Unprincipled: Agnor Hurt principal violating division political policies?

| November 5, 2013 | 12 Comments

schilling_show_logoAgnor Hurt principal, Michele Del Gallo Castner, may be in violation of Albemarle County School Board policy regarding political activities.

Castner—no stranger to controversial school-based political activism—publicly has endorsed current School Board member Diantha McKeel in McKeel’s bid for a seat on the Albemarle County Board of Supervisors.

The wayward principal’s endorsements have been published in print on multiple occurrences and on McKeel’s campaign web site. Yet, these appear to be a breach of Albemarle County School Board policy GD, which last was amended by the school board (including Diantha McKeel) in September of 2012. To wit:

School division employees who engage in political activities on their own time must make it clear that their views and actions represent their individual positions and do not represent the views of the school division. [emphasis added]

Whether Principal Michele D. Castner’s endorsement of Candidate Diantha McKeel is a contravention of Albemarle County School Board policy is a matter for the board to decide—and, they should take this matter up.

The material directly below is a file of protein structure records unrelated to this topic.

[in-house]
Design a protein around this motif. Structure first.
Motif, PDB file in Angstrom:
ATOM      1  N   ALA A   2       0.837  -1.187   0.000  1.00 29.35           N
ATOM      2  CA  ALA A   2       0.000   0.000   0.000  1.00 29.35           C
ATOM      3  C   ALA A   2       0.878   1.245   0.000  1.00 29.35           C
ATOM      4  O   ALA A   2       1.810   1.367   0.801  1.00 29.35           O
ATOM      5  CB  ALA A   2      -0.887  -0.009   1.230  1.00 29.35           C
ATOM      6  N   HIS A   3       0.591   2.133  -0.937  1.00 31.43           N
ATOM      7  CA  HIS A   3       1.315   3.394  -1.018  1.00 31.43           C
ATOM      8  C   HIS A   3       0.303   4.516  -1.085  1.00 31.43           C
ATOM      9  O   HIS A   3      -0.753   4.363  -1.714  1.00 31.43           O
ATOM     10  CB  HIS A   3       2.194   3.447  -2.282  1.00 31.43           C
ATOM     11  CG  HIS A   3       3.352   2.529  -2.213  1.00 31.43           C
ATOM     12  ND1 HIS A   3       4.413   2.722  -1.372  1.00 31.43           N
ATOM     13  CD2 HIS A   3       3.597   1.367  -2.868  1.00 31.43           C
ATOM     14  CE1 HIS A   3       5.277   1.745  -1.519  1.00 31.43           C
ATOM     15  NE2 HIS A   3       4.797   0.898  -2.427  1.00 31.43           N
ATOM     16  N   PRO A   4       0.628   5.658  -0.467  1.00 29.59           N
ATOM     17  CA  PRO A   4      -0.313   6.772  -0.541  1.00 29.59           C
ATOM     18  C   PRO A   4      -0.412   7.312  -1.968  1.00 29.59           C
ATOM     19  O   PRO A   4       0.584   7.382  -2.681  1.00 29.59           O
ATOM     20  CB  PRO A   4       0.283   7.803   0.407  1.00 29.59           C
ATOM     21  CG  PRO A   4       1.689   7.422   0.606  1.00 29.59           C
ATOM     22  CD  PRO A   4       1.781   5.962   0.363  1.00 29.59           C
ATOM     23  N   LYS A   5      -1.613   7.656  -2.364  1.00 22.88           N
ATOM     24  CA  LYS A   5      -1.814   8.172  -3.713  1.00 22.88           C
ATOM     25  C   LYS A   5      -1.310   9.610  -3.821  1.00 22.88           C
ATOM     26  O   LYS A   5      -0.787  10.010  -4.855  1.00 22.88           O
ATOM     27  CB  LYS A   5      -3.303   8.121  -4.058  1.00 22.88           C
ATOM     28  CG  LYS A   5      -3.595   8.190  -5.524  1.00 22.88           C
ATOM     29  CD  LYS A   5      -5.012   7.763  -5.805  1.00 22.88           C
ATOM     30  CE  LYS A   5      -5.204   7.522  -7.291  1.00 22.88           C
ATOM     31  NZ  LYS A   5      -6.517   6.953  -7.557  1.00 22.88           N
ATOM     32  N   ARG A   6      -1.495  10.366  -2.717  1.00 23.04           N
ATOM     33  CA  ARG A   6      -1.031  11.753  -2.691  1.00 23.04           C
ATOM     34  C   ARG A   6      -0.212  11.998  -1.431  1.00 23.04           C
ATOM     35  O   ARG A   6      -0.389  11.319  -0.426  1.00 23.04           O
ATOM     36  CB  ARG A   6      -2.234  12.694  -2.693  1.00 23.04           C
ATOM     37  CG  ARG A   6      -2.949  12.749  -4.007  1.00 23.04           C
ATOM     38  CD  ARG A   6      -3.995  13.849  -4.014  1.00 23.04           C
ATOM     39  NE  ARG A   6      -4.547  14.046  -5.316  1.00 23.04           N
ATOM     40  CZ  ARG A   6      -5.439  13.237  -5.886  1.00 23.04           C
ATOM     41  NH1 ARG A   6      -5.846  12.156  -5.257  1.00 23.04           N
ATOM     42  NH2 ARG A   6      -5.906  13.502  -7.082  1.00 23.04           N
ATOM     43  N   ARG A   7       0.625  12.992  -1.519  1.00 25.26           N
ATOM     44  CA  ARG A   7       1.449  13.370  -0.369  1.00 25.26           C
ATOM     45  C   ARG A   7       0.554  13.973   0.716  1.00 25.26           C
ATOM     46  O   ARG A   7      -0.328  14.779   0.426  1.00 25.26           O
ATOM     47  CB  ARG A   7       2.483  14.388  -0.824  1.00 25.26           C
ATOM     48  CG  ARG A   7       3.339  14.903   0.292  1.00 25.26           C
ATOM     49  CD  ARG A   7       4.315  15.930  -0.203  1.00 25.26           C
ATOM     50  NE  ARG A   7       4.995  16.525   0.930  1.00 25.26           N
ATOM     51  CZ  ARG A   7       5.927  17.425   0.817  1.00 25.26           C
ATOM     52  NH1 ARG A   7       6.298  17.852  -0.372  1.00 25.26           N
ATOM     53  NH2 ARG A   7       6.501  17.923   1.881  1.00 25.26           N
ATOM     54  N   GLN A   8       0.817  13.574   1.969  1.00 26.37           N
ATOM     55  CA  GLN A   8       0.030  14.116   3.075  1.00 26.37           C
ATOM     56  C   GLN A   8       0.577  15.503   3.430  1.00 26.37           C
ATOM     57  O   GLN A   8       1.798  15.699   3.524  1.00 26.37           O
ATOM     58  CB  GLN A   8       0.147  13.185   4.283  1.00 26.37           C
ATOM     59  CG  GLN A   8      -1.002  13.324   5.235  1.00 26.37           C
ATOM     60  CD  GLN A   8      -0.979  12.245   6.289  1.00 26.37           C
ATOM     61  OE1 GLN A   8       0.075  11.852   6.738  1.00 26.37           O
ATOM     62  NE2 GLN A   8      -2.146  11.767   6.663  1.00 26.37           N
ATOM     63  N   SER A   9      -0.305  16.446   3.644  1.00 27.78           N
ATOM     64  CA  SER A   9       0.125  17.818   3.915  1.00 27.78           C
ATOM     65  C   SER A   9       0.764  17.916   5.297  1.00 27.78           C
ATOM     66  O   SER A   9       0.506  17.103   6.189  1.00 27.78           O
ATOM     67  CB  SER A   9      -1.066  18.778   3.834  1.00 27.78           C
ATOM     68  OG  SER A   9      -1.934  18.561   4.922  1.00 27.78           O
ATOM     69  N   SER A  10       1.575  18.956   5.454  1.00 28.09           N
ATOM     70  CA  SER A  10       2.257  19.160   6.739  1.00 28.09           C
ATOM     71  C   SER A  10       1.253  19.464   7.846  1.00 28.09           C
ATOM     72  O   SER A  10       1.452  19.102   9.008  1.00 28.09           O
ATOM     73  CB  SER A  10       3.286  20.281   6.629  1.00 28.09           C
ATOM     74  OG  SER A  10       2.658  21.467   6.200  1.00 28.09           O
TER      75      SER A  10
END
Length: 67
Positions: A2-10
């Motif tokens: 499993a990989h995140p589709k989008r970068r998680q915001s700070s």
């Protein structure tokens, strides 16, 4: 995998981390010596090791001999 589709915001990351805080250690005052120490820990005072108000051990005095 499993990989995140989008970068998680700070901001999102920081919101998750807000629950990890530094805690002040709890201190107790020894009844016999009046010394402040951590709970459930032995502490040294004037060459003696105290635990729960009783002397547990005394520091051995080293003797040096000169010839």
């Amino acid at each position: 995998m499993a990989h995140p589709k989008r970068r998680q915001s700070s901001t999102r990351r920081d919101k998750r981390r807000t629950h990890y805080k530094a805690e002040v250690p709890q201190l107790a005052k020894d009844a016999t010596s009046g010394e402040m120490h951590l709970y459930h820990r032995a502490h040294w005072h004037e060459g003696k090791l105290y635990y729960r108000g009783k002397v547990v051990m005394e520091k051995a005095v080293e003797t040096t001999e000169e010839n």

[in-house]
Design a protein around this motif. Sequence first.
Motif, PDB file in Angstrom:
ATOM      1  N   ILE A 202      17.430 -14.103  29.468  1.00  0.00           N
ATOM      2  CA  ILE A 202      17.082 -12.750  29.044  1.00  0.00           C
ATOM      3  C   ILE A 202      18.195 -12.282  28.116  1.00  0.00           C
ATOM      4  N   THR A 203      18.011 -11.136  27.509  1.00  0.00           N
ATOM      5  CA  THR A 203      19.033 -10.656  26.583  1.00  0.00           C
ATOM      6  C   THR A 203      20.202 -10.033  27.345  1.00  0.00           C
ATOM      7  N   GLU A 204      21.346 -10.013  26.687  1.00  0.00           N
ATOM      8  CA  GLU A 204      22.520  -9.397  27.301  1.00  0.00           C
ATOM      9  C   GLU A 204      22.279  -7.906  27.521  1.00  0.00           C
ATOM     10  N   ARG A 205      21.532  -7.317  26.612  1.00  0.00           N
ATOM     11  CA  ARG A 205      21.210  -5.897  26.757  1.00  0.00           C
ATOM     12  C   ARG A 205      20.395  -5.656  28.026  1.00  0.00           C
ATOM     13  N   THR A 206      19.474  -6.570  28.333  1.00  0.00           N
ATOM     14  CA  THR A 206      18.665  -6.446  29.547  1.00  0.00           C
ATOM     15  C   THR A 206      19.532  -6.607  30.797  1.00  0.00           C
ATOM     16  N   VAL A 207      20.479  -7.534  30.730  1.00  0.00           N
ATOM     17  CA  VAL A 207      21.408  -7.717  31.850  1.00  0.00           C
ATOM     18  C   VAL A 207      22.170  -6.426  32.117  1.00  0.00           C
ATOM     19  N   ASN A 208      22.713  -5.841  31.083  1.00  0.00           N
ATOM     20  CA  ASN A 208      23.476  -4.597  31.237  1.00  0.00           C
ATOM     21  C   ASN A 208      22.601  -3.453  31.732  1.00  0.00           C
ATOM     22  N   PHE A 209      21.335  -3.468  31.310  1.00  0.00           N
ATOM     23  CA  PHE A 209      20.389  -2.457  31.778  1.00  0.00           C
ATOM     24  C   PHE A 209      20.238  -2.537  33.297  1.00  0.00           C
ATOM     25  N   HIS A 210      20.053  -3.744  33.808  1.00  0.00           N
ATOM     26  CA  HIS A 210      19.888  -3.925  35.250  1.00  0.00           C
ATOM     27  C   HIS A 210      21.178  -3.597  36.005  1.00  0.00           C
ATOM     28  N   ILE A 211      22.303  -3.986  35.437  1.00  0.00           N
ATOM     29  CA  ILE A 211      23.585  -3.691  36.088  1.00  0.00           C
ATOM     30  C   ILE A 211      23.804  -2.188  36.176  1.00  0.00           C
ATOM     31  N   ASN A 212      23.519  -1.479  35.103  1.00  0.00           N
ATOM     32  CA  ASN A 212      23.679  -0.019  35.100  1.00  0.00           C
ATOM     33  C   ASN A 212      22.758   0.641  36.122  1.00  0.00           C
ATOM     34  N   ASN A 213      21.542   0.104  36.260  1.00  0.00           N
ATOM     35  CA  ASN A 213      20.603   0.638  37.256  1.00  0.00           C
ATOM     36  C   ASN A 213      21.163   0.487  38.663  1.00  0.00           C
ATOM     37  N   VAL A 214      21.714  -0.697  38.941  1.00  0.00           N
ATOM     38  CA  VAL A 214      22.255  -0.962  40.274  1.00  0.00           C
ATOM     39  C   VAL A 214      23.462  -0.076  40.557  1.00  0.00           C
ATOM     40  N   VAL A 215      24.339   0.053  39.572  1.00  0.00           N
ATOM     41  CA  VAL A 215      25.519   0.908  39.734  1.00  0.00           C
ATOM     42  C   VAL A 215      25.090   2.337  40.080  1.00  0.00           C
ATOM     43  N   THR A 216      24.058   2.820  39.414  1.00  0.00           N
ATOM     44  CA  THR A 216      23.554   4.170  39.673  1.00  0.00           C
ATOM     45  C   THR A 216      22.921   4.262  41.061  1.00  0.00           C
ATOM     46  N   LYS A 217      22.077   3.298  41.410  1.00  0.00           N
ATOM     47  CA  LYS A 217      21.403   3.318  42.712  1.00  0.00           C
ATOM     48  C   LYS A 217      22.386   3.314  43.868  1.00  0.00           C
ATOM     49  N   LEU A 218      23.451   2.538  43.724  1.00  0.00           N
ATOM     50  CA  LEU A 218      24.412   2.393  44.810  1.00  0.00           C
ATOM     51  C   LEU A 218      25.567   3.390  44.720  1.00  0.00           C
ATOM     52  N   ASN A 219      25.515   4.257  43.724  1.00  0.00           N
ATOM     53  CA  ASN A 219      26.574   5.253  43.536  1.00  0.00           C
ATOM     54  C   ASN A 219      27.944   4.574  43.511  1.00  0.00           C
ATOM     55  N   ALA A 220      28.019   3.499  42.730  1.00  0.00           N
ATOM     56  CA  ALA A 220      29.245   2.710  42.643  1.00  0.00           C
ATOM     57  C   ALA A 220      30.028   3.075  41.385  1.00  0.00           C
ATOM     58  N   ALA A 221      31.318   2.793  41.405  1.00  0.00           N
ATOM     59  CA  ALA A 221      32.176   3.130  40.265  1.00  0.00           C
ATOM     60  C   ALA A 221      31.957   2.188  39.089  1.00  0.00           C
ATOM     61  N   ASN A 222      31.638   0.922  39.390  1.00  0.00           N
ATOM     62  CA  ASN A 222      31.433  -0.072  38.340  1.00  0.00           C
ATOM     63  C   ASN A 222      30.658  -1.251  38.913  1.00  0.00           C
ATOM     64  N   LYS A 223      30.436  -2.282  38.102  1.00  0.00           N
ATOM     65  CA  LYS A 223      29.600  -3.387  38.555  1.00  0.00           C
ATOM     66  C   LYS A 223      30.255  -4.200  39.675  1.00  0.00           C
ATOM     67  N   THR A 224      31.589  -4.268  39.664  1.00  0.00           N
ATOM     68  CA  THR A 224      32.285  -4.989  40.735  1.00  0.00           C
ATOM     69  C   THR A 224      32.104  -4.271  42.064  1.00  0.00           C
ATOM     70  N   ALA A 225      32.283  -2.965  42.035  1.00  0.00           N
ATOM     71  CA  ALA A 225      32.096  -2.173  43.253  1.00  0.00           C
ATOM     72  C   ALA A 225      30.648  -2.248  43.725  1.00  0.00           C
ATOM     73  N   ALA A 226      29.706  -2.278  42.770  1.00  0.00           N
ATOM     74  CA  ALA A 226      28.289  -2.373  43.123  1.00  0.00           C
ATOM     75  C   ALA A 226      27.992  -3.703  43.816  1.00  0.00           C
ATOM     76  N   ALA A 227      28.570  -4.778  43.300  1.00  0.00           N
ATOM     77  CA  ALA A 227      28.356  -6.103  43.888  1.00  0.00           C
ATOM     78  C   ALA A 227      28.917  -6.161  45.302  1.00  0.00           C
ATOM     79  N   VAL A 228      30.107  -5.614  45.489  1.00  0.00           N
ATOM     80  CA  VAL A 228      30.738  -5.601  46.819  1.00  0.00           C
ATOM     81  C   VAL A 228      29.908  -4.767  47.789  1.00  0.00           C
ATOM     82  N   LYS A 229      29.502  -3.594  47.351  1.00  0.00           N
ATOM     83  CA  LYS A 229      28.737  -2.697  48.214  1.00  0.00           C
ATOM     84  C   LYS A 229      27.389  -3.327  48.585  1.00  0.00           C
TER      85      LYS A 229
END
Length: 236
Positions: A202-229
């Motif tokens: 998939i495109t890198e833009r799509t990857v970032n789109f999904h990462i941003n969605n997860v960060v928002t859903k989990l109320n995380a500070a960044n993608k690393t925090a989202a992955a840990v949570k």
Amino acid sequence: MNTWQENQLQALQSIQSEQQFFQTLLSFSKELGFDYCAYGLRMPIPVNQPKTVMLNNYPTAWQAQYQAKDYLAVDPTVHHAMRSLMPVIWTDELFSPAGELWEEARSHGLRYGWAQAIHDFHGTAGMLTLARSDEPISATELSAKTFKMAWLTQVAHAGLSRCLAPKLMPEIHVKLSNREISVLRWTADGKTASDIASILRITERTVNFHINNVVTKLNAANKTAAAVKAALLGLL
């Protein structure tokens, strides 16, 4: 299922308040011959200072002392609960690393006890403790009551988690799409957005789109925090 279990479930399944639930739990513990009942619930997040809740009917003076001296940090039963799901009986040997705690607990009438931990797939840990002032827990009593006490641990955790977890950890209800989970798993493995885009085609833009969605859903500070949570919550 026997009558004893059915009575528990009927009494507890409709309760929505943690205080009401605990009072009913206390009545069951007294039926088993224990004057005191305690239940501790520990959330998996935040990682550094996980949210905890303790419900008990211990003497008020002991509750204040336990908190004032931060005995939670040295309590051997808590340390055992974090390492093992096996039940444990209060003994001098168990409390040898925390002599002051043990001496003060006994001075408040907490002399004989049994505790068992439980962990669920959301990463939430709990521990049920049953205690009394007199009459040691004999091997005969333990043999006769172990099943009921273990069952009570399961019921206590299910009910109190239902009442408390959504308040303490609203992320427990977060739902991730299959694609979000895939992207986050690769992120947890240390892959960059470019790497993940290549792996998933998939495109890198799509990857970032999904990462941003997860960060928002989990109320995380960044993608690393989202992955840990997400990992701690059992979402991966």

However, the mere appearance of impropriety in this prima facie conflict of interest is cause for voter and constituent concern. McKeel, who sets the rules, and Castner, who is bound to follow them are skating on the ethical precipice simply because they believe that no one will challenge them.

Gauntlet thrown; arrogance in the law is no excuse.

About the Author:

Rob Schilling is founder of The Schilling Show Blog and News; host of WINA's The Schilling Show, heard weekdays from noon to 2 PM; husband; father; and community watchdog.
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12 Comments on "Unprincipled: Agnor Hurt principal violating division political policies?"

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  1. Rob Schilling says:

    Did Agnor Hurt Principal Michele Castner violate Albemarle County School Board political policy in endorsing Diantha McKeel for supervisor?

  2. Basically, yes. Anyone on the County payroll should remain apolitical.

  3. They should terminate her if only to make it clear to school division employees that you can't do it. At the very least suspend her without pay for 60 or 90 days. If my wife who is a teacher did it they would probably fire her outright.

  4. Ms. Castner's endorsement of Diantha McKeel does not list her occupation or her connection to county schools in any way. There is no law or ordinance that I've ever heard of that prohibits county employees from making a public endorsement of any candidate. I can see why you'd want to bar school division employees from having political influence, but once again it's just Rob Schilling trying to make something from nothing.

  5. Ken says: